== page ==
I was particularly impressed by the flavour-forward simplicity of this rainbow trout with dazzlingly delicious charred broccolini. Everything just screamed of the freshness of the Annapolis Valley.

Juniper Food + Wine
389 Main St, Wolfville, NS

3. L’Abri café, restaurant et bar (Cheticamp)

Cajun Haddock Cakes with Old Bay seasoning, jalapeno, corn, remoulade, and pickled onion.

Jaron Felix, a NSCD graduate, was rubbing his hands together in entrepreneurial enthusiasm, when an opportunity came up to buy a restaurant in his hometown of Cheticamp. His friend Basil Doucet had been working as a flight attendent, and was growing tired of the long layovers at luxury destinations all over the world (hey – it’s a hard life!).

Jaron and Basil watched the sun set over ocean, surrounded by the international travellers of the Cabot Trail (Basil was working at Cabot Links at the time), and thought: this could be anywhere in the world. This is a destination.

Jaron had the background in art & design, so he got to work renovating and redesigning. They didn’t have a lot of money, but they had Acadian resourcefulness, and created a warm grandmotherly vibe with upcycled decorations and furniture. They wanted the restaurant to be exemplary of Acadian hospitality, but without the Acadian flags plastered everywhere.

The menu consists of elevated Acadian fare, as well as dishes inspired by Basil’s world travels and kitchen collaboration. Think: steak frites, chicken fricot, Cajun fishcakes, Basque-style cheesecake.

L’Abri means “shelter” or “hideaway” and alludes to Cheticamp’s famously ferocious winds. The logo is an upsidedown fishing shack, which Jaron tells me was inspired by old stories of shacks blowing over in the wind. “You can barely plant trees or flowers,” says Jaron. “They break in the wind”. (Just recently, a local child found a message in a bottle from 1995 that had blown from the ocean to a tree in his backyard).

But there along the windswept coast is a warm shelter where you can go and feel transported to a different place, with sophisticated fare and Acadian hospitality.

L’Abri café, restaurant et bar
15559 Cabot Trail Rd, Chéticamp, NS

4. Maritime Express Cider (Kentville)

Maritime Express Cider is located in an old railway hotel, the majestic Cornwallis Inn. From 1891 to 1936, wealthy American tourists would take steamboats to Yarmouth, and ride the luxurious Flying Bluenose to Halifax. The hotel was commissioned by the Dominion Atlantic Railway in 1930 and was considered one of the most architecturally beautiful hotels in Canada.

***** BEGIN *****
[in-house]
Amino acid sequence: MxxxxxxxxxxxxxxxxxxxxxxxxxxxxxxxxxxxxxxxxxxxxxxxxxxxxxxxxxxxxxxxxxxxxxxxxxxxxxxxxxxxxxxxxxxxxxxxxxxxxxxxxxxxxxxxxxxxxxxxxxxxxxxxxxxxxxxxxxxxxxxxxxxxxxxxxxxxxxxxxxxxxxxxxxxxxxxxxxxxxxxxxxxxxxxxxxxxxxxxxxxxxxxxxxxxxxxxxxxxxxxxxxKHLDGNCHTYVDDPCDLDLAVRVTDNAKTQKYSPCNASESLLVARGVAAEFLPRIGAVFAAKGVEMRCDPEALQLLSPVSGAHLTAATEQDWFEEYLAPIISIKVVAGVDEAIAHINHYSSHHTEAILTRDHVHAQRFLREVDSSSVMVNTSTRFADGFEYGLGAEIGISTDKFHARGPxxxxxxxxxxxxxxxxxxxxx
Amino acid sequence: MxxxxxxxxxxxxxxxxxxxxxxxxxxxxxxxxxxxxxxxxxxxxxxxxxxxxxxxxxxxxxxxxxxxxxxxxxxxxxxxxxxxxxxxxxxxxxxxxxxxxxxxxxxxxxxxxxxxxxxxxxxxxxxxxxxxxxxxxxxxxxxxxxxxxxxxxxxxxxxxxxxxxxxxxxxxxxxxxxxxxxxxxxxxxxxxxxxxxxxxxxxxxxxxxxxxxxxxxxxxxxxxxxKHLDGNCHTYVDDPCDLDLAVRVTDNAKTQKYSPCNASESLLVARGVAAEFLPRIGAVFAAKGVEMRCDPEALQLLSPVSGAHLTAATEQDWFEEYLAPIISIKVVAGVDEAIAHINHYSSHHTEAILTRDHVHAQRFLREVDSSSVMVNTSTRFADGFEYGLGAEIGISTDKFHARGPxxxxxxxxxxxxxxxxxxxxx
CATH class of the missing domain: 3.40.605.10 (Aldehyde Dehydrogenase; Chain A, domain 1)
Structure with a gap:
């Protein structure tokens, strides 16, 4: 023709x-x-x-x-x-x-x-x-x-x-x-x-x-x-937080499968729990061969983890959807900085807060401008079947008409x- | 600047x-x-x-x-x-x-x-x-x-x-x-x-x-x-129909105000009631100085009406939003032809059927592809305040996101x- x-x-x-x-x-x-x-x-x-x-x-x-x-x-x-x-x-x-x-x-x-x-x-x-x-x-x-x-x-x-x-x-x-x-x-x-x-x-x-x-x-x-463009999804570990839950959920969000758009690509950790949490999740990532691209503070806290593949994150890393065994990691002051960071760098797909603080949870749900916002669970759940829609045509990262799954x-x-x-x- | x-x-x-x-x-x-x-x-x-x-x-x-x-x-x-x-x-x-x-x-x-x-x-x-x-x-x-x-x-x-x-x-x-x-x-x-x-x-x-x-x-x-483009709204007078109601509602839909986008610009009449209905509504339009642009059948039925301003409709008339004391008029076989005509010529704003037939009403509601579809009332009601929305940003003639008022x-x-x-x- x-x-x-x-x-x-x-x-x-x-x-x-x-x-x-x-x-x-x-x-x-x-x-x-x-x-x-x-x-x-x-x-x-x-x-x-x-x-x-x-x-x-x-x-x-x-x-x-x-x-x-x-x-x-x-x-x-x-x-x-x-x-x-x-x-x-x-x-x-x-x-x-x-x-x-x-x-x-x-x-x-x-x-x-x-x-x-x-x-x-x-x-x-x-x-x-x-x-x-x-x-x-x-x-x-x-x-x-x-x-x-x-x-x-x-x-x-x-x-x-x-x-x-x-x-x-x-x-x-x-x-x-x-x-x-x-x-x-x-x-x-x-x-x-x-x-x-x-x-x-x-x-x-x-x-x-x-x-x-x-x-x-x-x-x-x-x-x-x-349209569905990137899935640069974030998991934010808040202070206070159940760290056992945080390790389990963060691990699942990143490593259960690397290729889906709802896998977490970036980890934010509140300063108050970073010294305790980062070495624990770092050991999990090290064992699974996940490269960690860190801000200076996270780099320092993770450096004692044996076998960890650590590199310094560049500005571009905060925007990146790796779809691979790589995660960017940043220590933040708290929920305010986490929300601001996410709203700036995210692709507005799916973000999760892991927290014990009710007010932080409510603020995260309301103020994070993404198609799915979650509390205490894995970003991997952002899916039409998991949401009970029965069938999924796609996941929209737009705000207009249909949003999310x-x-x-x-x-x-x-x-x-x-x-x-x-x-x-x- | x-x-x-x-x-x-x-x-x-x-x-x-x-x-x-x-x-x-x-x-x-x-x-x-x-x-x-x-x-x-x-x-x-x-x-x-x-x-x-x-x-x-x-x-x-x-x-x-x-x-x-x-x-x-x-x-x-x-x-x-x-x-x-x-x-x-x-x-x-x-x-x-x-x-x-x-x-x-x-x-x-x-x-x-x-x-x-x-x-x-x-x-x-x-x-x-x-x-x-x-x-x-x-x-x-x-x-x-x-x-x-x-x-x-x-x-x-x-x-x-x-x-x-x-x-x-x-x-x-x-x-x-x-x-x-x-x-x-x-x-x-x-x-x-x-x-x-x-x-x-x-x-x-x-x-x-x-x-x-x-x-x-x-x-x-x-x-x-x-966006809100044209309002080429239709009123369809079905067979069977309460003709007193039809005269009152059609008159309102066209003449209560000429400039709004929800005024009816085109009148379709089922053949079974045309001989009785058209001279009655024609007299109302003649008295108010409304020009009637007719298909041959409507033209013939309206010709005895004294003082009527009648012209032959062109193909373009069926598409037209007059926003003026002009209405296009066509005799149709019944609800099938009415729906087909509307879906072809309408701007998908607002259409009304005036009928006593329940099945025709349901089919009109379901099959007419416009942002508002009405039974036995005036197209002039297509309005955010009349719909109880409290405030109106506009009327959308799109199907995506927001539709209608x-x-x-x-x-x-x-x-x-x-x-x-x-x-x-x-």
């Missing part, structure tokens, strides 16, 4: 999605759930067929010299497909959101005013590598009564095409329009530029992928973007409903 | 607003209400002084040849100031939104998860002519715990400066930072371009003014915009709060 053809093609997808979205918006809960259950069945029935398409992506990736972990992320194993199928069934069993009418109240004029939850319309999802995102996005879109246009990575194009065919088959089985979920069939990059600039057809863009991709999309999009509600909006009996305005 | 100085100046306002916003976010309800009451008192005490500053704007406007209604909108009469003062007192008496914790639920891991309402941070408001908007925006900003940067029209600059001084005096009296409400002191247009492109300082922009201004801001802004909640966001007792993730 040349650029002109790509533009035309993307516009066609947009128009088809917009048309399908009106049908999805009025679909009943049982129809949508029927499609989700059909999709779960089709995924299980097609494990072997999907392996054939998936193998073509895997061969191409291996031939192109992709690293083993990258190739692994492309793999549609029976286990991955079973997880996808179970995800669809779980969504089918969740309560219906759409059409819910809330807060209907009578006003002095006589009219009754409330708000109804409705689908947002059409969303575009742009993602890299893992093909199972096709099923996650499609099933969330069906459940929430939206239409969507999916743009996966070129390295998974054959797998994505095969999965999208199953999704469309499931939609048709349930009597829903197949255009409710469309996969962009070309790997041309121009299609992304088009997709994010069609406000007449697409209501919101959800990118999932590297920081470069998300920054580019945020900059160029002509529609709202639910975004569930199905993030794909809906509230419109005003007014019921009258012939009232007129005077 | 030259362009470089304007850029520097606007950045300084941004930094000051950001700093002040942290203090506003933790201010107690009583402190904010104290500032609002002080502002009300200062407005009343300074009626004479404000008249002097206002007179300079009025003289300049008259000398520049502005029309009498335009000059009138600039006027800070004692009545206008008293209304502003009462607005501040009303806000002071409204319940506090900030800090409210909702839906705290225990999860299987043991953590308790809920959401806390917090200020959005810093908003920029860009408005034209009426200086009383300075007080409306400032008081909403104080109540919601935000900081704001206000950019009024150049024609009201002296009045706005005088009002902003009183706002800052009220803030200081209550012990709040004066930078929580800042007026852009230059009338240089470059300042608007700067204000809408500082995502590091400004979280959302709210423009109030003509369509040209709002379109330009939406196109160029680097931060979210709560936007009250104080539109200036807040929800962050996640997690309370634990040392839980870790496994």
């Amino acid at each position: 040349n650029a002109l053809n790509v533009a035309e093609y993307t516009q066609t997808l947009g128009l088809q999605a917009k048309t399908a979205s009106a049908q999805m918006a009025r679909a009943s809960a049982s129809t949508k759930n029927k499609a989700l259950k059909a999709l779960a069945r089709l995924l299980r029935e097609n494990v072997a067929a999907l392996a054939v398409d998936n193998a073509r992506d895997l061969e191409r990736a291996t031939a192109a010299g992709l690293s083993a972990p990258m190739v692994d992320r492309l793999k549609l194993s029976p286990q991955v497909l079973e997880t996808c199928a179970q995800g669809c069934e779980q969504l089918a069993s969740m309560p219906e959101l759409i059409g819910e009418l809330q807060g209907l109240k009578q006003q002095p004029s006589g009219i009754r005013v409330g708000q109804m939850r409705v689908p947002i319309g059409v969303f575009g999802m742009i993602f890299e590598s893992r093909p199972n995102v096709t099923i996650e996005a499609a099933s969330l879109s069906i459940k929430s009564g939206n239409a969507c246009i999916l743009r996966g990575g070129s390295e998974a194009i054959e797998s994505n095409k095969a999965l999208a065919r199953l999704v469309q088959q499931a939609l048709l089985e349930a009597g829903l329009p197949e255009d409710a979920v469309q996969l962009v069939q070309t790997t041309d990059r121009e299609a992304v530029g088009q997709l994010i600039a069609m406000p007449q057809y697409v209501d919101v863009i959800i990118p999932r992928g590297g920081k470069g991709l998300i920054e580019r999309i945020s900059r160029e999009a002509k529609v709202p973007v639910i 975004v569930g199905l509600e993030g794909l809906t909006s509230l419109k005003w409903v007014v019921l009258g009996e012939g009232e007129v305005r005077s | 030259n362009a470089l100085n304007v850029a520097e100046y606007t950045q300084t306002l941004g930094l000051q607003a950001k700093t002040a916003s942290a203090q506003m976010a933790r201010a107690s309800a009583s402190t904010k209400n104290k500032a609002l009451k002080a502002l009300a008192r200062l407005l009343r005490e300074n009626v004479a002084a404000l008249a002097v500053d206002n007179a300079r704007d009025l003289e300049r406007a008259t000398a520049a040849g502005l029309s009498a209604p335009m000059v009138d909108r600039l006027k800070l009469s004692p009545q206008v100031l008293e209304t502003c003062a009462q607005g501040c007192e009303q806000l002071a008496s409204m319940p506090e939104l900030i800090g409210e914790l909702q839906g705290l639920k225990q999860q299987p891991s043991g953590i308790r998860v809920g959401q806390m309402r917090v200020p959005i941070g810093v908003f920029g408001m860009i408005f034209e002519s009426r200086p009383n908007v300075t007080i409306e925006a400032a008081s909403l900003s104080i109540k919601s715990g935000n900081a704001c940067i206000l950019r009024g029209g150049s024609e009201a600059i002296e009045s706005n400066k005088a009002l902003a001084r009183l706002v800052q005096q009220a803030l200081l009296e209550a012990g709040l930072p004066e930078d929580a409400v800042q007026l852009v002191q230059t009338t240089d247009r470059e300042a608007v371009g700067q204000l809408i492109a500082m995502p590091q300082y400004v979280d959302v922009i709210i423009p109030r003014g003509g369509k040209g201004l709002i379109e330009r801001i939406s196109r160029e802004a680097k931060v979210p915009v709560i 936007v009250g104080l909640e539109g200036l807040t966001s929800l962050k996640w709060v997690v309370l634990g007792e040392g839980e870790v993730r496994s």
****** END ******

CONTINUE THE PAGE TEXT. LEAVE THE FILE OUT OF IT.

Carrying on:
The Maritime Express taproom opens into the old mezzanine, restored to its former glory with reclaimed original furniture, and the ballroom, which is still available for events. Many of the ciders have names like Train Hopper and Boxcar. Everything is an ode to the age of rail.

The menu is approachable, with elevated pub fare at reasonable prices. Steph Levac (who will be appearing on Top Chef Canada this spring!) is almost entirely self-taught, with a bit of restaurant experience under Chef Ray Bear at Studio East.

He moved to Nova Scotia in 2012, to lay down roots with his family, and soon found himself in the catering business. “I lived a block from Pete’s Frootique (in Wolfville) so the ingredients were there. But it got expensive trying to teach myself every single day,” he says. He got into foraging, learned about local producers, and networked with local chefs.

Eventually Steph decided to start a bagel business at the Wolfville Farmer’s Market. Tantalizing salmon lox bagels started showing up on my Instagram feed and that’s when I first took notice of Steph.

After a stint manning the kitchen at Just Us! Coffee Roasters, he was looking for something new and Maritime Express snatched him up. He is still making bagels (you have to try the gin & beet cured salmon!) and the fried chicken burgers and frites are quickly becoming famous.

Maritime Express Cider
325 Main St, Kentville, NS

5. Bessie North House (Canning)

Bessie North House is a 130-year-old farmhouse at the foot of the North Mountain in the Annapolis Valley. Surrounded by local farms, orchards and vineyards, they serve a hyper-local, 7-course prix fixe menu that changes weekly, based on what finds its way from farm to table.

Owners, Susan and David, are a powerhouse, passionate about all things culinary, hospitality and farming the land. You might remember David from Front & Central, (his previous restaurant, in Wolfville, NS), and Susan from Avondale Sky Winery (where she used to manage the retail operations).

David is an engineer-turned-chef, transferring his technical mind to culinary applications. He graduated from Le Cordon Bleu with flying colours, and has a bit of an avant-garde approach to classic French cuisine. Techniques and whim aside, the most important consideration at Bessie North House is that the ingredients and guests are honoured.